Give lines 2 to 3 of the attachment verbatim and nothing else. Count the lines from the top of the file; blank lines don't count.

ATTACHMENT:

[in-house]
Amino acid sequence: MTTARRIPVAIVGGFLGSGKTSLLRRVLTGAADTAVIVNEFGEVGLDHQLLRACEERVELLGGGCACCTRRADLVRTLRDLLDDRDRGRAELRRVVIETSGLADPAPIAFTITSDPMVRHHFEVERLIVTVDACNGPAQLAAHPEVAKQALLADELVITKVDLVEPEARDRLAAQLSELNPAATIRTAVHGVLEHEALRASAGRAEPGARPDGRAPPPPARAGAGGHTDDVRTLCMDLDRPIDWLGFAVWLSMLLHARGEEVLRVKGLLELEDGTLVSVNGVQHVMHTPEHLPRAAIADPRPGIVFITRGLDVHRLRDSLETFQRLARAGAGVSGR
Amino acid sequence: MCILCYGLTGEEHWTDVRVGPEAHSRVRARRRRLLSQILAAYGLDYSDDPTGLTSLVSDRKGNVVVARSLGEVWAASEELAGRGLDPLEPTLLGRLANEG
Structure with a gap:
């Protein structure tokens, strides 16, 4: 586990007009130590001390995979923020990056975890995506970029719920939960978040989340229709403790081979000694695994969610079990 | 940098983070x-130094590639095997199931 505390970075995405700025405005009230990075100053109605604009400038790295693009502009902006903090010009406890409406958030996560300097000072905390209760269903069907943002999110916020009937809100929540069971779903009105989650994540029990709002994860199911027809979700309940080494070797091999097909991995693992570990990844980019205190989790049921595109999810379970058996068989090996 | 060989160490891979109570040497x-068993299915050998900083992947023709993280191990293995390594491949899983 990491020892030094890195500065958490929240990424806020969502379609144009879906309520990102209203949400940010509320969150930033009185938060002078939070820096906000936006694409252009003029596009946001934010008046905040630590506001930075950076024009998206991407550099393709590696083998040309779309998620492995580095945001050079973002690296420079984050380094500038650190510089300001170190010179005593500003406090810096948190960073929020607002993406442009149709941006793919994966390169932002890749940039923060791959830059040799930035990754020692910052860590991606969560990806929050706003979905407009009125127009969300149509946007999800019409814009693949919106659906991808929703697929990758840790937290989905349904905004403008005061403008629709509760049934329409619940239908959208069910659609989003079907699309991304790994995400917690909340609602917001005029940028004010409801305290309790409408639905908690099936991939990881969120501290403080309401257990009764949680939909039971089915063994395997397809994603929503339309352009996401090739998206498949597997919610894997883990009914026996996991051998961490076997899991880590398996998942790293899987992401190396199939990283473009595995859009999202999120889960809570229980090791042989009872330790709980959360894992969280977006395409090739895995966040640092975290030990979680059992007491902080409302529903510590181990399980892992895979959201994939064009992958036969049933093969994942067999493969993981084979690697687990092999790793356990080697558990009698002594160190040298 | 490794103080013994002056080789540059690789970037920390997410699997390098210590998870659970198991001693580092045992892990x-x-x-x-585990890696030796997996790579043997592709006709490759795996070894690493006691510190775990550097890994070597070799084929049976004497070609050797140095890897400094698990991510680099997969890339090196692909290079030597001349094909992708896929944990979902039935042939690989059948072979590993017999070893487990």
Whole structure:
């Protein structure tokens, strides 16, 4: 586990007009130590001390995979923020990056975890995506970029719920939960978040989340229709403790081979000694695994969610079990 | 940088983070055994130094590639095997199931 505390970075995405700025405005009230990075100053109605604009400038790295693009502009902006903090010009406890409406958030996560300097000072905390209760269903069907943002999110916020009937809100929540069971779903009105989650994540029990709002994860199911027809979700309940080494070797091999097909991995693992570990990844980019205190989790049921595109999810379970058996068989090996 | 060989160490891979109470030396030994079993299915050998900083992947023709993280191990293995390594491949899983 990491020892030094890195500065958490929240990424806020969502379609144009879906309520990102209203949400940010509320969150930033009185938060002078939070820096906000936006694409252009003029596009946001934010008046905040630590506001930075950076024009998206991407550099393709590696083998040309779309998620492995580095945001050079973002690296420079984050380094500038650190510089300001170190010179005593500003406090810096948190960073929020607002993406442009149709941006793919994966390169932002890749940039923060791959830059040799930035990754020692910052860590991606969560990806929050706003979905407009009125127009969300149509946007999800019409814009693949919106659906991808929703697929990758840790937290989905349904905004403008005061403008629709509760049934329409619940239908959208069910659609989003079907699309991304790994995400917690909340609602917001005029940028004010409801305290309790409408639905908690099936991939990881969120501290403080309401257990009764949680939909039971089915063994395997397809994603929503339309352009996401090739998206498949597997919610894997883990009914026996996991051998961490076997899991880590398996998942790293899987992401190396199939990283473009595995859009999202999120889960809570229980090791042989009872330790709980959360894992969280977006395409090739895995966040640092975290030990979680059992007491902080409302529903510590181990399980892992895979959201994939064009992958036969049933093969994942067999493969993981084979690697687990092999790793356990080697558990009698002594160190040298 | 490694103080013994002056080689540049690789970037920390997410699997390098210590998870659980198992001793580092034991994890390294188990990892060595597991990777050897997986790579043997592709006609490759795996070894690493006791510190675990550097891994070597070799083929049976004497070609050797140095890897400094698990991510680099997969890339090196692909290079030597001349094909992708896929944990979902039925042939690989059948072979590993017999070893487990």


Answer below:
Amino acid sequence: MTTARRIPVAIVGGFLGSGKTSLLRRVLTGAADTAVIVNEFGEVGLDHQLLRACEERVELLGGGCACCTRRADLVRTLRDLLDDRDRGRAELRRVVIETSGLADPAPIAFTITSDPMVRHHFEVERLIVTVDACNGPAQLAAHPEVAKQALLADELVITKVDLVEPEARDRLAAQLSELNPAATIRTAVHGVLEHEALRASAGRAEPGARPDGRAPPPPARAGAGGHTDDVRTLCMDLDRPIDWLGFAVWLSMLLHARGEEVLRVKGLLELEDGTLVSVNGVQHVMHTPEHLPRAAIADPRPGIVFITRGLDVHRLRDSLETFQRLARAGAGVSGR
Amino acid sequence: MCILCYGLTGEEHWTDVRVGPEAHSRVRARRRRLLSQILAAYGLDYSDDPTGLTSLVSDRKGNVVVARSLGEVWAASEELAGRGLDPLEPTLLGRLANEG